TechED by Ivar Jacobson

Barcelona is my last stop on an around the world trip that started Oct 17 from Stockholm. That morning I gave a talk to key developers at a key Swedish company developing key telecom products :). After my talk I rushed to the airport and flew to Tokyo to meet some key people from large software companies. After Tokyo I went to Taipei, followed by San Francisco and now Barcelona. This is my 6th around the world trip this year with one more to go before the end of year – three less than last year. As you can see I am slowing down.

Barcelona hosted one of the largest software conferences this year, the Microsoft Tech•Ed – Developer conference and yesterday I gave, together with my colleague Pan-Wei Ng, a talk on Next Generation Process (NGP). Here is the core idea of the talk:

The world of software development is constantly changing and evolving. New ideas arise all the time and existing ideas go in and out of fashion. Software development processes find it very hard to keep up with this rapid rate of change, especially as they find themselves quickly going out of fashion or becoming bloated as they bolt on more and more information. Teams find themselves struggling as they try to mix-and-match practices from various sources into a coherent way-of-working.

A new approach to capturing and sharing experience is required. In my company, Ivar Jacobson International, we have developed a fundamentally new way of managing software development that downplays the importance of process – in particular big process. Instead practices become important. A practice is a way of working with a clear beginning and a clear end. Following a practice should give a clear result of value. Instead of trying to give an academic definition, let me give some examples: Iterative development is a practice that you can imagine to use separately to how you specify requirement or define your architecture.

  1. Practices are First Class Citizens
  2. Practices can be made smart to truly help the developers in their work, this is achieved with WayPointer
  3. Practices can be used individually or in a multitude of combinations
  4. Process is just a composition of Practices, and
  5. Teams compose the process they need by selecting just the practices that they want to use

As you can see this is a paradigm shift. We move away from working with a big monolithic process (like RUP) to working with practices. Process is downplayed to just become a composition of practices.

To enable this, a number of innovations are required: innovations related to the way that practices are collected, presented and applied. We have developed two components to realize these innovations:

EssWork is a new set of tools for deploying practices in an organization. These tools allow you to author practices separately and to compose them to a process. They allow you to use a completely new way of learning, adopting, scaling up, and changing your selected practices. You use cards to describe your practices, to plan your project and to guide you in developing software. Cards are good because they force us to be very brief in describing process elements. You focus on the essentials, which makes practices very lightweight.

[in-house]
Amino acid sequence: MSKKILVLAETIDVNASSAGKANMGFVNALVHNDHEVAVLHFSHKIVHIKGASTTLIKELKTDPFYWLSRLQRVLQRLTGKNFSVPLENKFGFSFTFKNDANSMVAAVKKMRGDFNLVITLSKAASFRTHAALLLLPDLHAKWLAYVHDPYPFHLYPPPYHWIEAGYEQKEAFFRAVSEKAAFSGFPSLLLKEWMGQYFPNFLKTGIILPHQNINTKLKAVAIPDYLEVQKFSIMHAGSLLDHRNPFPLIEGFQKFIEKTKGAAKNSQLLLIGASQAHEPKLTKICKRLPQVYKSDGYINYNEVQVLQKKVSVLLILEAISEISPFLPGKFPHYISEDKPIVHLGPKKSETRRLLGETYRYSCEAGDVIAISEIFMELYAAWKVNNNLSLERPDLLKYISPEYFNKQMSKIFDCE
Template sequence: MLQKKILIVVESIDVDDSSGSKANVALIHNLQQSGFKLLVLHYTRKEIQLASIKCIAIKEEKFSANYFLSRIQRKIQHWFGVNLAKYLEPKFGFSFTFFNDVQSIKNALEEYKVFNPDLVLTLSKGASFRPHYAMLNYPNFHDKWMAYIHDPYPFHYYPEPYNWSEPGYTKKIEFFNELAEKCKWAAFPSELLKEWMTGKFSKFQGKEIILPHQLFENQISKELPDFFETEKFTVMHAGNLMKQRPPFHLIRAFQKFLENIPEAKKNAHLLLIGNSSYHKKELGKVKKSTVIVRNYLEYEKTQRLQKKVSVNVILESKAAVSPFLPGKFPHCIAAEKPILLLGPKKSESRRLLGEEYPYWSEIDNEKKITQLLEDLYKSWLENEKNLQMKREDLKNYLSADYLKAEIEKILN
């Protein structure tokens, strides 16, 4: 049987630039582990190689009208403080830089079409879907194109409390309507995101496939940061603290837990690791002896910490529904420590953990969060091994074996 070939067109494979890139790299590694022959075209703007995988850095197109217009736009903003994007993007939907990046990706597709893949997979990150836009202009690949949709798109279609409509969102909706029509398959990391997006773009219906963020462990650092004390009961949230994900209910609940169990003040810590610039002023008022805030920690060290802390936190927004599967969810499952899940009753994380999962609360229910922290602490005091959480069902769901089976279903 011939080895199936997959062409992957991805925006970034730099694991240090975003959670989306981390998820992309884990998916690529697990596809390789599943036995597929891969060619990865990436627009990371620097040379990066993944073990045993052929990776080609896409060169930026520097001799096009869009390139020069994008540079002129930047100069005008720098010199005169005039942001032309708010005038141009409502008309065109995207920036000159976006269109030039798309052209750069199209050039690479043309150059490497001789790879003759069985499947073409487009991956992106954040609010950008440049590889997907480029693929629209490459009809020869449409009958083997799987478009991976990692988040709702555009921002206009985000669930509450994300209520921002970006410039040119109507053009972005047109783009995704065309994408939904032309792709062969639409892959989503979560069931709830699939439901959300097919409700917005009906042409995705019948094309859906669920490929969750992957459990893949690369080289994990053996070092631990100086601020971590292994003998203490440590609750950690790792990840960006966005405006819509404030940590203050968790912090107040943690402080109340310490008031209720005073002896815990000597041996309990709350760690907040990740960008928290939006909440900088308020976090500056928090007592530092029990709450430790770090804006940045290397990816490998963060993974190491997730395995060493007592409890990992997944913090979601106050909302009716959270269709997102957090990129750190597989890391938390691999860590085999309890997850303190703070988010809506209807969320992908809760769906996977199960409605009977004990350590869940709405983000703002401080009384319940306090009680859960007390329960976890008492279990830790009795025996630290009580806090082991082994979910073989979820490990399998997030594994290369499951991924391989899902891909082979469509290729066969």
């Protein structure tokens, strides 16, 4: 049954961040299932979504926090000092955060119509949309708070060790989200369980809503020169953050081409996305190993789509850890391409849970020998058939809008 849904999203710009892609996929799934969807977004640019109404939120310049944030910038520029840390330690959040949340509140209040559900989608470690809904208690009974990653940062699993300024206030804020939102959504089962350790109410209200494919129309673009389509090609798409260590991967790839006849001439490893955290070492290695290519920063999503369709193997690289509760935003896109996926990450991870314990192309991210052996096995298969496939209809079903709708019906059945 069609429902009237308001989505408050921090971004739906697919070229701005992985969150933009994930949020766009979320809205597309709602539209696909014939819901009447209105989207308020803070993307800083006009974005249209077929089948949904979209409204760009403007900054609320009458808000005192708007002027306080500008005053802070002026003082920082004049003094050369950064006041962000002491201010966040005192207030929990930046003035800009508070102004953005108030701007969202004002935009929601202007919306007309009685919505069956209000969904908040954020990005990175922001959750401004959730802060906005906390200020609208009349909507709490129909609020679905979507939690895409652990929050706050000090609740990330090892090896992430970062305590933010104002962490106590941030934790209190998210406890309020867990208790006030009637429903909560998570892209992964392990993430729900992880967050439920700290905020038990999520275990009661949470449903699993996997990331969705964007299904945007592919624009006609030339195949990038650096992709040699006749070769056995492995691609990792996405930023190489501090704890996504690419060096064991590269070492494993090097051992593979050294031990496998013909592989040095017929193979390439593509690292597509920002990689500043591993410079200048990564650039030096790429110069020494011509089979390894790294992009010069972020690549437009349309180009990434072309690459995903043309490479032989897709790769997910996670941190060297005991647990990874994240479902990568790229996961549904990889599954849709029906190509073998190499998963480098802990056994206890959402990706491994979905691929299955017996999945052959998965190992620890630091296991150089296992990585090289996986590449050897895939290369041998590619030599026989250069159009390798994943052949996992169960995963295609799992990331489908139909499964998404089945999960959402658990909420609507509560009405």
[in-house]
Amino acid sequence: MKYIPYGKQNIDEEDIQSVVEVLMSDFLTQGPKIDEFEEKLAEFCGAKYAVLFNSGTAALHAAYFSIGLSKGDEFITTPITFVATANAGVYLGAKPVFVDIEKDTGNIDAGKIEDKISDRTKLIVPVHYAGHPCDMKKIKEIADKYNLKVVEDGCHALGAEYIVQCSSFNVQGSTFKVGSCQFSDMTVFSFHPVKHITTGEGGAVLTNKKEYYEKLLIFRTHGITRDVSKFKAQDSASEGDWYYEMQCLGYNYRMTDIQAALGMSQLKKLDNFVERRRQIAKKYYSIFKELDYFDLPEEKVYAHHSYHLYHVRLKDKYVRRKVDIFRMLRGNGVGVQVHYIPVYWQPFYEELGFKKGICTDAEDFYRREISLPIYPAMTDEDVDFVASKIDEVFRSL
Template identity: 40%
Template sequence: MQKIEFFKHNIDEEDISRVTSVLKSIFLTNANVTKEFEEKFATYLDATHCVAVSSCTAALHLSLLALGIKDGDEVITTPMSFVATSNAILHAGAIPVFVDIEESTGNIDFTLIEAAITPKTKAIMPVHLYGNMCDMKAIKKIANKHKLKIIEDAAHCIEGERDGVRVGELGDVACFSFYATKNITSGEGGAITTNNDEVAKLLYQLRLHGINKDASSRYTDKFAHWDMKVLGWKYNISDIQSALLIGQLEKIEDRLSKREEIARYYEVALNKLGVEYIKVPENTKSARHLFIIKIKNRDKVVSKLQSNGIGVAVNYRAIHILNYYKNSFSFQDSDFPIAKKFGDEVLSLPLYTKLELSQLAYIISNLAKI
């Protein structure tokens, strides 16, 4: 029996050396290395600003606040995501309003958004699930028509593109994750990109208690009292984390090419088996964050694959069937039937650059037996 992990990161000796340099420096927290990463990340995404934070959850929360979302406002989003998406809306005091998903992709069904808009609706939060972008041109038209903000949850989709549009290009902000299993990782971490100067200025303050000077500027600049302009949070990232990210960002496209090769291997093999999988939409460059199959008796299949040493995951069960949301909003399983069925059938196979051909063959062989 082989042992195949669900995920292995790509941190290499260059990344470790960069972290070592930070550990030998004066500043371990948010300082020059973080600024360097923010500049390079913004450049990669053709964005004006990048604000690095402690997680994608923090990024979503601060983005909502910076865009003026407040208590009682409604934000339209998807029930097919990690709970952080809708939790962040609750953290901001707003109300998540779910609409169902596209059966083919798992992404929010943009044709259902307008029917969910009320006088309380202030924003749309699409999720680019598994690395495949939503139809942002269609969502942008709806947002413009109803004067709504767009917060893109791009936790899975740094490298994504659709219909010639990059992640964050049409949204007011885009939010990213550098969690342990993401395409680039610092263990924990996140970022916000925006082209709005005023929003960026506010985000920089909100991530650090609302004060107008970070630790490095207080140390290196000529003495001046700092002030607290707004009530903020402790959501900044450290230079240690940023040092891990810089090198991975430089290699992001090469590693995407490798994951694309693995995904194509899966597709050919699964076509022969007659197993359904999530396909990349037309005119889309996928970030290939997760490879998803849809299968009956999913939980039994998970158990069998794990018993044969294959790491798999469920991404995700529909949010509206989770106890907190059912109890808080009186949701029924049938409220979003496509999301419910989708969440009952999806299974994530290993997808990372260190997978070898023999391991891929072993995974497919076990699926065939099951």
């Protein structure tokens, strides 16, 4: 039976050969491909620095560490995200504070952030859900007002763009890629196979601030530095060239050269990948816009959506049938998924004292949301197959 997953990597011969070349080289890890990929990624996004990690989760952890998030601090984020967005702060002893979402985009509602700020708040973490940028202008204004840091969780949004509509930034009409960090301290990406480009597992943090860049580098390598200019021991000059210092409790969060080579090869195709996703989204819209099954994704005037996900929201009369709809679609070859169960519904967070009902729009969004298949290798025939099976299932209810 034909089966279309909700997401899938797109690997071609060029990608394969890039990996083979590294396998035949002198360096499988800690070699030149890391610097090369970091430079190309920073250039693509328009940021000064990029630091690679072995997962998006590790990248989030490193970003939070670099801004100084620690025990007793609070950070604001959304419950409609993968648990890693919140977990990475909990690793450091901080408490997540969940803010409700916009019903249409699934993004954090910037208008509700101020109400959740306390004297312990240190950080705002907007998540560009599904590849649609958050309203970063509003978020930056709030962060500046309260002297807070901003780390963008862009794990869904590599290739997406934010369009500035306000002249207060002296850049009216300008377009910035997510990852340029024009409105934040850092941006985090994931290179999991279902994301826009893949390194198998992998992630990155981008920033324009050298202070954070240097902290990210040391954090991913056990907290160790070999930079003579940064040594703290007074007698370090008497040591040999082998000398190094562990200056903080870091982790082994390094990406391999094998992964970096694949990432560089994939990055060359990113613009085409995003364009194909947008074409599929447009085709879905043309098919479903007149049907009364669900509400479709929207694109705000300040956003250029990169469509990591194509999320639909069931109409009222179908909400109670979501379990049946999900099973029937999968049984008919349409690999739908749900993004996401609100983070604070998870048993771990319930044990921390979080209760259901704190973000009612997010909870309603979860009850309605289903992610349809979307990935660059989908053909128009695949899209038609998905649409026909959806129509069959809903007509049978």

EssWork is available on top of several platforms: Eclipse, EPF, VSTS so you can have the same process independently from which vendor tools you use. On top of EssWork we have built a first set of eight practices called EssUP (Essential Unified Process).

EssUP is just a subset of all the practices we eventually will see on EssWork. Five of these practices are traditional Unified Process practices: use cases, architecture, iterations, components and products. Moreover, there is one practice which supports social engineering practices unique for agile methods, and one practice for process improvement derived from the process improvement camp such as CMMI.

However, we are not dogmatic about which practices you should use. You can replace any practice that we offer with a competing practice from your favourite methodology. You can also add practices that you have discovered yourself. Mix and match is our recipe.

Best of all: EssWork and EssUP are going to be Open Source! I can’t give a date, but it will happen as soon as possible.

The presentation was completely full (around 500 people) which was a fantastic result – there were people standing in the auditorium and watching on the remote screen outside So there is much to do going forward.

Various Podcasts were arranged. This is one: 

EssUP Launches by Ivar Jacobson

Yesterday we launched Essential Unified Process in the UK. We had around 180 attendants and these were all invited by us. We wanted participants that could help us understand if we are on the right path.

I think we can count this event as very successful. We all felt very upbeat afterwards when we met at a pub.